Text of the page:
I recently went shopping with a friend and found this snow globe. I tweeted it with saying that Adelie would love this… stopping dead in my tracks after I hit “Send”, wondering if I’d gotten insane. Adelie is a fictional person. Yes, she used to collect snow globes as a kid, much prettier ones as this. But that I even thought about her like a friend as soon as I saw a snow globe?
Making up human beings is not an easy feat, if you don’t want cardboard cut-outs. Humans are incredible complex things, but what that means I only understood as I tried to pen some on paper. We all have things we like and things we hate, we have weaknesses and strengths, a bunch of problems, etc. None of us is purely good, or completely evil. We all acquired our personality through living. Imagining a human being means coming up with a lot of these things out of thin air. The more you know, the easier it is to write them, even if a lot of the stuff doesn’t even matter for the story. Adelie’s snow globe collection is a give-away, mentioned in passing. But it tells us that before she became a die-hard soldier, she once loved kitschy things. She might even love them now. In an homage to Calvin & Hobbes, Nate owns a pair of lucky rocket ship boxer shorts, a fact that won’t be mentioned at all (1), but I know it. It tells me that under all his prim and proper, perfect outer shell, there’s a man who doesn’t take himself all too serious.
Coming up with all these little quirks is great fun. Trying to sneak them in even more. I once read a glorious quote (2) that said, that if you cut back a 800 pages manuscript down to 200 pages, the information will still be felt in the remaining pages, but not if you only had written 200 pages in the first place. That’s what prompted me to go down every little rabbit hole my muse throws at me, coming up with snippets like this:
Adelie lounged in her chair, turning the soda can between her fingers, smiling about something privately.
“What’s so funny?” Nate asked, grabbing himself another chair. Those research station kitchens had the most comfortable chairs.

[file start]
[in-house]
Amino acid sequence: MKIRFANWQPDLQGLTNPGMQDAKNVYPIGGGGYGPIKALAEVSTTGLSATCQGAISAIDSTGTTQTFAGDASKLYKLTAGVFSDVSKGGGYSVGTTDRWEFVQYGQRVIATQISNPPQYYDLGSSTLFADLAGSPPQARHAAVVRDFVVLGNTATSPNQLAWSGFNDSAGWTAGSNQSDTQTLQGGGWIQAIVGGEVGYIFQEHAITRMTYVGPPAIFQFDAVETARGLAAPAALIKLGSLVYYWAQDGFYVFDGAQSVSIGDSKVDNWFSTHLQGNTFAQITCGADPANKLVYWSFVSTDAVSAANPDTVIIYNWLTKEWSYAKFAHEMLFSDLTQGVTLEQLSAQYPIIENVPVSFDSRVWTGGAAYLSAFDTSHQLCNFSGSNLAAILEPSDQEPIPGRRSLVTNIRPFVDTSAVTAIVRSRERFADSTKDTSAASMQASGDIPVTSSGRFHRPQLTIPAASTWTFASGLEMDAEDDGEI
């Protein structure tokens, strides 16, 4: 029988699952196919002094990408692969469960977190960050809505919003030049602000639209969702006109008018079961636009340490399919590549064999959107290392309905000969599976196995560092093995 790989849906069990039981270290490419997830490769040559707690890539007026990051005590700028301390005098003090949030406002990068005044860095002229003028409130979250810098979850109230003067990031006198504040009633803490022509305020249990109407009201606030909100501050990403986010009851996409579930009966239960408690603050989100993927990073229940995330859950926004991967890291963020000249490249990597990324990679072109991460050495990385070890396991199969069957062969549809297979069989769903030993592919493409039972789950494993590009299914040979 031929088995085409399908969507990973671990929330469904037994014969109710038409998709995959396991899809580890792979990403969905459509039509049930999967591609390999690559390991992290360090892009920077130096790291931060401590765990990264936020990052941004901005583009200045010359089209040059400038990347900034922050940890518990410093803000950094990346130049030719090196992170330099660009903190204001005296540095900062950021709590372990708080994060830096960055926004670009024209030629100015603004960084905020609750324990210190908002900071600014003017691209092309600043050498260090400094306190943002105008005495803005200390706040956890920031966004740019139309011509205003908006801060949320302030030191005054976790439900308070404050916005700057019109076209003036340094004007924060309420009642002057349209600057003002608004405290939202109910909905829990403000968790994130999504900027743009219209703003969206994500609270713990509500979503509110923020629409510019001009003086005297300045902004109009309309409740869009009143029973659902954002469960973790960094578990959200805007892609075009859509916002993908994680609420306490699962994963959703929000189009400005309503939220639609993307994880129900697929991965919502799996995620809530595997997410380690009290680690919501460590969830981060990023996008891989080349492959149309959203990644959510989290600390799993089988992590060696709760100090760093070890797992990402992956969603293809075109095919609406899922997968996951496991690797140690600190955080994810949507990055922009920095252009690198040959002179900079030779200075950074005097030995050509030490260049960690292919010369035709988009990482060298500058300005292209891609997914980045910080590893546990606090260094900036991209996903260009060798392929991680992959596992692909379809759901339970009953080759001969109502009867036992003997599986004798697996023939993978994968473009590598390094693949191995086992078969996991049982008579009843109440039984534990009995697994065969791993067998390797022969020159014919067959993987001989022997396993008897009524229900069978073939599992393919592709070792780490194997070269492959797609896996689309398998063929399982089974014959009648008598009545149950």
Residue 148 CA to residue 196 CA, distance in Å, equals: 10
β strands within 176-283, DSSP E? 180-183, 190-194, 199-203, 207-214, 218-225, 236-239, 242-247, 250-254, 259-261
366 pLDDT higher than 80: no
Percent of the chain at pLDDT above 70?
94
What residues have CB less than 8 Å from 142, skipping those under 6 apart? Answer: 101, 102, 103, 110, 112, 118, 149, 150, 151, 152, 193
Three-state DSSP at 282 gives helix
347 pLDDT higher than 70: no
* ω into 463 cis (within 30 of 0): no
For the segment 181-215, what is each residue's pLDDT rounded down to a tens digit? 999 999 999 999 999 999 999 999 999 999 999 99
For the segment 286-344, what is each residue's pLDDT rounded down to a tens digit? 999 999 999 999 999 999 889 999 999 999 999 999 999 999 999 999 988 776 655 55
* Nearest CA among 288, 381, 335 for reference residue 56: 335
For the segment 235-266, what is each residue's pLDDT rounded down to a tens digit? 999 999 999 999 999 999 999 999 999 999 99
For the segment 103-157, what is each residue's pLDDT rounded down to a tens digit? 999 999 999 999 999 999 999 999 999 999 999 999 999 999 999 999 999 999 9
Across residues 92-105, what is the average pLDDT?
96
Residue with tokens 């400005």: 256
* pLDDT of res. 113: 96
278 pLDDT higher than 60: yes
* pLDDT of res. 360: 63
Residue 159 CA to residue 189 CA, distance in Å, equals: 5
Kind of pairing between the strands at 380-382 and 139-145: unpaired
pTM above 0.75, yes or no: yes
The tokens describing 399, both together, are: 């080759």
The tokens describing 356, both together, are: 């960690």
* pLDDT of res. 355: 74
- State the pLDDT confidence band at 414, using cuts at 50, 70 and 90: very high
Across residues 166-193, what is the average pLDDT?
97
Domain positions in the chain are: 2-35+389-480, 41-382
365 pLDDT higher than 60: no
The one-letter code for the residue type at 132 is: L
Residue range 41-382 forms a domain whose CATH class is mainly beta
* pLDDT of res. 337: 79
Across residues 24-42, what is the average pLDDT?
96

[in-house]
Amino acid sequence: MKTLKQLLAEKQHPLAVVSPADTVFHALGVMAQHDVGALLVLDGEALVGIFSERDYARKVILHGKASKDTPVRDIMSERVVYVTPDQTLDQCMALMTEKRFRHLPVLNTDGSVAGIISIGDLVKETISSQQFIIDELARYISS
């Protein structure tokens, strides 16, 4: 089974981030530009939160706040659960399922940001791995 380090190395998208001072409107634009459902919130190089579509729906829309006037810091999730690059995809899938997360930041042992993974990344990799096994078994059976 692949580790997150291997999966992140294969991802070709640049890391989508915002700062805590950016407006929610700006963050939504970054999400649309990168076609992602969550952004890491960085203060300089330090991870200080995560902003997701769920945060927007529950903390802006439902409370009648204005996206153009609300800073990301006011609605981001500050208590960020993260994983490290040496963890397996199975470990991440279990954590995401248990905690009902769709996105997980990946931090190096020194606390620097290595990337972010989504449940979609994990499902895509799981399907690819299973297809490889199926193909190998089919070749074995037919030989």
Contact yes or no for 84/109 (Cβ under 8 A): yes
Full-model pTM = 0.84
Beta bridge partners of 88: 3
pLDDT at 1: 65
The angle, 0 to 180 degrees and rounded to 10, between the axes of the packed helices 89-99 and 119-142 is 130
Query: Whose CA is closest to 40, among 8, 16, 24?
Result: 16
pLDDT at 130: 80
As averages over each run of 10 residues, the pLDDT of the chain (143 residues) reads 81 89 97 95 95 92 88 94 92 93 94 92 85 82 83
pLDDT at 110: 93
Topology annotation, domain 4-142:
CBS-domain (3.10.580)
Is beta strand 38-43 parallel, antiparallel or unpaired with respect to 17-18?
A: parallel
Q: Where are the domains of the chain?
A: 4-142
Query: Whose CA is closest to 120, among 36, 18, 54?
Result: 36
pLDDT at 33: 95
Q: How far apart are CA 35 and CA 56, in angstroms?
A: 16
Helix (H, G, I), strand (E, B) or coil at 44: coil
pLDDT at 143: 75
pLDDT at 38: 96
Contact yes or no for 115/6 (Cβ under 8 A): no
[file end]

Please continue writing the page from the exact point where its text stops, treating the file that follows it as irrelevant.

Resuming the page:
“Ah, nothing. I still have a bit of trouble believing that the 13 bottles of Rum are really for this experiment. And not for a party. Even though Dr. Renner doesn’t look like he’d a party in ages.”
“Ha, talk about it. He looks as dried up as a raisin.”
“Nate!” She shot him a half-amused, half-warning look.
“What?!” He did his best innocent face and she shook her head, crumpling up the soda can.
“Okay, time’s up. I’ll go and ready the shuttle for our flight home, you find Ophelia? Bet she’d cornered a poor lab rat to talk shop with them.”
She took aim and threw the soda can ball against the switch of the trash chute, hitting it fair and square. The chute opened just in time to swallow the dropping can ball.
“Nice shot!” he grinned.
“You trained me well.” she laughed, got up and left the kitchen.
I don’t know if this is going to end up in the final story, but I liked the idea of Nate and Adelie sitting in front of trash chutes, being bored, and trying to hit the switch with crumpled up soda cans. It just sounds like something two competitive people would start doing. Maybe they even have a leader board, running since their Cadet times. It is sort of important to me to give them a history that doesn’t only consist of longing looks and unrequited love. Those two are first and foremost best buddies, even though my personal weakness is to write fluffy stuff with them. Nobody’s perfect.
(1) Because the Alpha Reader found it silly.
(2) Which of course I now can’t find because that was pre-Ember times.